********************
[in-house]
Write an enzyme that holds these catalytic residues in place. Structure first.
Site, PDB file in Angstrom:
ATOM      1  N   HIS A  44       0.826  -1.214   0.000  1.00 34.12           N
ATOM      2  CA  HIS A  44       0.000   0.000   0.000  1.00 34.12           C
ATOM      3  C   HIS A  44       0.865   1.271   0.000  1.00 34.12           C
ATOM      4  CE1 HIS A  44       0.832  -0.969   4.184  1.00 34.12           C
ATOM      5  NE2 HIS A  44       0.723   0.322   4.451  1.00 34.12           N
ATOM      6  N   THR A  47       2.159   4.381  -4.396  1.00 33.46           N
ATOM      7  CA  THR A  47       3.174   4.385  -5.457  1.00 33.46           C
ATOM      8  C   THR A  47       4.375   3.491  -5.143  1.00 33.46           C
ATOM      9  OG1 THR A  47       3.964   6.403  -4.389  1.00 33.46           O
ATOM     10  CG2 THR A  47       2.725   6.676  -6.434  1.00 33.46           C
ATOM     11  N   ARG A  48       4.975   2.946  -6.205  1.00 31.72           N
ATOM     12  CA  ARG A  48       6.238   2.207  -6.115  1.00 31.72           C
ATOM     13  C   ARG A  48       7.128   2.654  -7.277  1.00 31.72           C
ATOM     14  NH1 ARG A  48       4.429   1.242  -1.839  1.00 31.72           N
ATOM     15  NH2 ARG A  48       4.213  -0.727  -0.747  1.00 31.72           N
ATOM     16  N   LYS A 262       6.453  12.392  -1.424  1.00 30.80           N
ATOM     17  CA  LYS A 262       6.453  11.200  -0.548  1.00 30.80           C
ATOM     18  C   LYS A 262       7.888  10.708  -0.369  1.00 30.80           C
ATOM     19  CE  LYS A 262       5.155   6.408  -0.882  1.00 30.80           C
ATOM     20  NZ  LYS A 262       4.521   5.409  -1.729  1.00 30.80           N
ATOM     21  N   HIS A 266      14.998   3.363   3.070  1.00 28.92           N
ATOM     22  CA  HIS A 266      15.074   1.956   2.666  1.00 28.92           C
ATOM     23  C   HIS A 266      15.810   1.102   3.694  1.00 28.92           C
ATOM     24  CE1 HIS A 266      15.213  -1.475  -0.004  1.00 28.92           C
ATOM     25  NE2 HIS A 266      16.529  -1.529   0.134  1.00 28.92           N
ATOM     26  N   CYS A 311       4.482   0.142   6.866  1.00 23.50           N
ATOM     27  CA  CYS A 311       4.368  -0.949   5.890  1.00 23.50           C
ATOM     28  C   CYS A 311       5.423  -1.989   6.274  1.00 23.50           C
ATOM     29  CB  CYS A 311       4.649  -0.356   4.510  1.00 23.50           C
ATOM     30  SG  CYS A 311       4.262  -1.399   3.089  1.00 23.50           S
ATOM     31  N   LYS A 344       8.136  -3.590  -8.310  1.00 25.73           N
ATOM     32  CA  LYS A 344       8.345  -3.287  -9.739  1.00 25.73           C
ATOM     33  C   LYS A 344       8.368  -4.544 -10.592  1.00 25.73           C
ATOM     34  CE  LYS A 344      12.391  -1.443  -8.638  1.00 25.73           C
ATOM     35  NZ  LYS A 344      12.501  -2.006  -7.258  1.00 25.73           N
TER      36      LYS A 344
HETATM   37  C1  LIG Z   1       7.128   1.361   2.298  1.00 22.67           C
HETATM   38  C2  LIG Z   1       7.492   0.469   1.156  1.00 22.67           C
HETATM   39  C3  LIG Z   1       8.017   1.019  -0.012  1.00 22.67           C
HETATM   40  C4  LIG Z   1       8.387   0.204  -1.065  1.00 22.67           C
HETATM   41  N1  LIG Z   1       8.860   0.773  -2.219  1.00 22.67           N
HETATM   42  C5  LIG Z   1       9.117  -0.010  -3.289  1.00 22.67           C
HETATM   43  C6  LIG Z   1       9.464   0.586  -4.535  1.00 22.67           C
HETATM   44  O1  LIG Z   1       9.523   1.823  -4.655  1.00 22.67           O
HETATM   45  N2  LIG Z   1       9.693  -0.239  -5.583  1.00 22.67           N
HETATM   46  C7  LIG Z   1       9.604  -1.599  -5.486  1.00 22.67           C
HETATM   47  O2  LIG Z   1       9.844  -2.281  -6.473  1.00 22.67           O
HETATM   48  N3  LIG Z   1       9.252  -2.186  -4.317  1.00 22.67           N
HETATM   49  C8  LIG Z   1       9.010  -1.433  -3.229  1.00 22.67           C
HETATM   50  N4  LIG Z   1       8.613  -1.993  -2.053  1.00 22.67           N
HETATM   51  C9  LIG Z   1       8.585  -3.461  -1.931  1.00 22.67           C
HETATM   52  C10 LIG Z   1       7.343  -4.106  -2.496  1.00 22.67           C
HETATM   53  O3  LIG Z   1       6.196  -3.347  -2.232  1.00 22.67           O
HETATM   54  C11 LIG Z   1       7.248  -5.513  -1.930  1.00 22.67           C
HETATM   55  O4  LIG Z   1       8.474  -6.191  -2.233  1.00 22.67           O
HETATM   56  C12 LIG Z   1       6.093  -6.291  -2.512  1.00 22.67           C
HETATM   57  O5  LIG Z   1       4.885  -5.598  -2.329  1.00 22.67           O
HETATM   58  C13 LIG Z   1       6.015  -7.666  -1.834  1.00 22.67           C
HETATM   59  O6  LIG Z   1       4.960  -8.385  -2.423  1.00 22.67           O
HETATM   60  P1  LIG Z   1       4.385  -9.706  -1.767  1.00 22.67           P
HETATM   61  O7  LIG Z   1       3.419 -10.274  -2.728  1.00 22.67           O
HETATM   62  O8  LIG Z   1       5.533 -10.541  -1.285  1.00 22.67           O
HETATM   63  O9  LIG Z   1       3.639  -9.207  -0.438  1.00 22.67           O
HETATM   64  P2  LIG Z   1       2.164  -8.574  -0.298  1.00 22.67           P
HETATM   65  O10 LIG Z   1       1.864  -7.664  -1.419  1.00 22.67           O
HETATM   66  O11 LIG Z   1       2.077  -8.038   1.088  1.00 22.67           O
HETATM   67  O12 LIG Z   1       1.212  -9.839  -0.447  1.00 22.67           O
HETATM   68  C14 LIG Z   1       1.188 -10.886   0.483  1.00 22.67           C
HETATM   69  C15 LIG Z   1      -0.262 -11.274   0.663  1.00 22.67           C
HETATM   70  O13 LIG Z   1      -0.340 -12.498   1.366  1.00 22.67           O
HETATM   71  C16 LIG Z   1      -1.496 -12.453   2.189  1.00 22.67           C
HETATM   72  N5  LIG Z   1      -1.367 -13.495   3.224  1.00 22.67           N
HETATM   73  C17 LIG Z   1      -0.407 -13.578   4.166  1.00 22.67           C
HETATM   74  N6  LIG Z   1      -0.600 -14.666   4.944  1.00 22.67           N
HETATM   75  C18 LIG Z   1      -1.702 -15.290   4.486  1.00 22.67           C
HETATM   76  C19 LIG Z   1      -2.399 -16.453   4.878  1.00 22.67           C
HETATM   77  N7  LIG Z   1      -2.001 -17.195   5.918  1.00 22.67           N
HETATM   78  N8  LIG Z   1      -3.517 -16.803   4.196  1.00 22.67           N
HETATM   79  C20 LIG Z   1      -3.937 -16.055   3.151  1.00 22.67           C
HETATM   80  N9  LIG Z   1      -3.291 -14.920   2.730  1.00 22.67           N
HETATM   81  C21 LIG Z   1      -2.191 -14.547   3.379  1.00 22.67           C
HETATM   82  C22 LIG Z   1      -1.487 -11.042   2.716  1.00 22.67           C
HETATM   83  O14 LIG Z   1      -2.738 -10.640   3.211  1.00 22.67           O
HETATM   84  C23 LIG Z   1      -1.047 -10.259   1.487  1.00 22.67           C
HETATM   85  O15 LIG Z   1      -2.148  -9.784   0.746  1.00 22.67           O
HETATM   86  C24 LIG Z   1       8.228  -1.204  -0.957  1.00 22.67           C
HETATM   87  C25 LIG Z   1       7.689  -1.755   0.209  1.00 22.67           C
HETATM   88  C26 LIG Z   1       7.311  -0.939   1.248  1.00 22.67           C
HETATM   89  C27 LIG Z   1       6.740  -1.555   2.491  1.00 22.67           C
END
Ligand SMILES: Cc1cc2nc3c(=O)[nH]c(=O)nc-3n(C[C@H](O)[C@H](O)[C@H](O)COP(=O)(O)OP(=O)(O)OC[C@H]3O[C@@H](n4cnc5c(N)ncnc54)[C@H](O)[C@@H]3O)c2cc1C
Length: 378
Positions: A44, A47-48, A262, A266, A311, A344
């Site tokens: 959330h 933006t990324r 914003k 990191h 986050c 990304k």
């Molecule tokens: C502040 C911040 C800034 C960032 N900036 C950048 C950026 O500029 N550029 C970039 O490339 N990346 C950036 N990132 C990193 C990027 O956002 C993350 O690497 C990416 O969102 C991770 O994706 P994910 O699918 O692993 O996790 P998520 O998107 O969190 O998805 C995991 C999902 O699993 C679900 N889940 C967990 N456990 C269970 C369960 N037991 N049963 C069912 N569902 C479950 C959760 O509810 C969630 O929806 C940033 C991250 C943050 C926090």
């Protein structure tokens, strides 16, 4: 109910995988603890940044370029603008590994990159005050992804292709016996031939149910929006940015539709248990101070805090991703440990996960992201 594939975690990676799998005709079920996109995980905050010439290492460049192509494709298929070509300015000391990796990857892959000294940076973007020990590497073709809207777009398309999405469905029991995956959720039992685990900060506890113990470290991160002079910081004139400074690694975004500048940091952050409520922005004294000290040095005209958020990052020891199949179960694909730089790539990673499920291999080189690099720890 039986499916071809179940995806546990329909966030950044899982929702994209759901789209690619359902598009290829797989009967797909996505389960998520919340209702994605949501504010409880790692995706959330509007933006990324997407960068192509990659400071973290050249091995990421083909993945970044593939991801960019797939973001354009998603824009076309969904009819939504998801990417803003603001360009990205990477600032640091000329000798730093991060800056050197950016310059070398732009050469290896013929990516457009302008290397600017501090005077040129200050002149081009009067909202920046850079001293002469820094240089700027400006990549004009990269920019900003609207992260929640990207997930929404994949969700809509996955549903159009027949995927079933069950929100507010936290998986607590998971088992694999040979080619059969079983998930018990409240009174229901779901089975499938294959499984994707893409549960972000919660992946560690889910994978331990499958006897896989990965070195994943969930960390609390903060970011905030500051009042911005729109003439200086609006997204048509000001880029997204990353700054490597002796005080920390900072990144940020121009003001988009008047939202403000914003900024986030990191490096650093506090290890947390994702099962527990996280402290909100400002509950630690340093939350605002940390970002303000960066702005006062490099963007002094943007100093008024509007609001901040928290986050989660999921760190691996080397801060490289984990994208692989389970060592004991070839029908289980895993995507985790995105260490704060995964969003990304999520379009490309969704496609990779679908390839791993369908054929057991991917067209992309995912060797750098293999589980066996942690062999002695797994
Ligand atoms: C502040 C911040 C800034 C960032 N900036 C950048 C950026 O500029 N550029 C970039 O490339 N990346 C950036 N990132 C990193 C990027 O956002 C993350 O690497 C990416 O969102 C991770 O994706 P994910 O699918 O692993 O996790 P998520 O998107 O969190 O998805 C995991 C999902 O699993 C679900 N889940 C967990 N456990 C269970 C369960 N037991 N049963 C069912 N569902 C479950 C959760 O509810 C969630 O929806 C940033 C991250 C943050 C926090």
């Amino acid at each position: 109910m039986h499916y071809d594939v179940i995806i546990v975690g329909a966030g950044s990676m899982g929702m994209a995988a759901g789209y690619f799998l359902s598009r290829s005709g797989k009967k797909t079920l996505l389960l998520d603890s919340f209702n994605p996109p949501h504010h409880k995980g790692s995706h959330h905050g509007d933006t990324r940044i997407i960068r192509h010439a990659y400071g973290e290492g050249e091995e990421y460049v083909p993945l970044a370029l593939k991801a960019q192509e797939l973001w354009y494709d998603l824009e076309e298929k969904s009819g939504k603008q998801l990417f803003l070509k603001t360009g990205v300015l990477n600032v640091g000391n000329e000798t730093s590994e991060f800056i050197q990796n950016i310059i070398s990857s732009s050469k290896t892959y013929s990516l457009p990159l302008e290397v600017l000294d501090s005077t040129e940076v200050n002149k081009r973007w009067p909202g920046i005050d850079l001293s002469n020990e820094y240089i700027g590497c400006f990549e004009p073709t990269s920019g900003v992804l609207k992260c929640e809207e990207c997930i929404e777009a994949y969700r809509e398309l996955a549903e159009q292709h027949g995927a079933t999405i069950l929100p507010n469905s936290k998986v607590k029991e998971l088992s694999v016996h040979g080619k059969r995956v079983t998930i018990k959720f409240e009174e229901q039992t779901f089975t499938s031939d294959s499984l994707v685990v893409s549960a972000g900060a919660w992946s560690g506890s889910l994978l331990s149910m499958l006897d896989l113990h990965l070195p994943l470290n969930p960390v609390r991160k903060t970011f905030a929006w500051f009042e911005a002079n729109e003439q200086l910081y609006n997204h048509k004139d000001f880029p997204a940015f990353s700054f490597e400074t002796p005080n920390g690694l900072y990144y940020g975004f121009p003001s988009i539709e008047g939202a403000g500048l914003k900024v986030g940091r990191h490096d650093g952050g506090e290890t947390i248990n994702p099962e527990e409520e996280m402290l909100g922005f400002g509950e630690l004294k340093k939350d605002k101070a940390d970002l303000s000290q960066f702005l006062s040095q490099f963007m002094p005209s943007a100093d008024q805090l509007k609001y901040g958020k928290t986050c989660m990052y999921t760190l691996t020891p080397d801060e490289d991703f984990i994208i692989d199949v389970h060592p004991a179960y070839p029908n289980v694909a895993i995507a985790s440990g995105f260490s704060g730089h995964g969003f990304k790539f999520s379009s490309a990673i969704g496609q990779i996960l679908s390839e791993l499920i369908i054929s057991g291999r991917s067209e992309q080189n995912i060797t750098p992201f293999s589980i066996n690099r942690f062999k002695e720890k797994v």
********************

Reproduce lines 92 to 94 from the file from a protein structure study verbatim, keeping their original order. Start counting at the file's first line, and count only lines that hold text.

HETATM   89  C27 LIG Z   1       6.740  -1.555   2.491  1.00 22.67           C
END
Ligand SMILES: Cc1cc2nc3c(=O)[nH]c(=O)nc-3n(C[C@H](O)[C@H](O)[C@H](O)COP(=O)(O)OP(=O)(O)OC[C@H]3O[C@@H](n4cnc5c(N)ncnc54)[C@H](O)[C@@H]3O)c2cc1C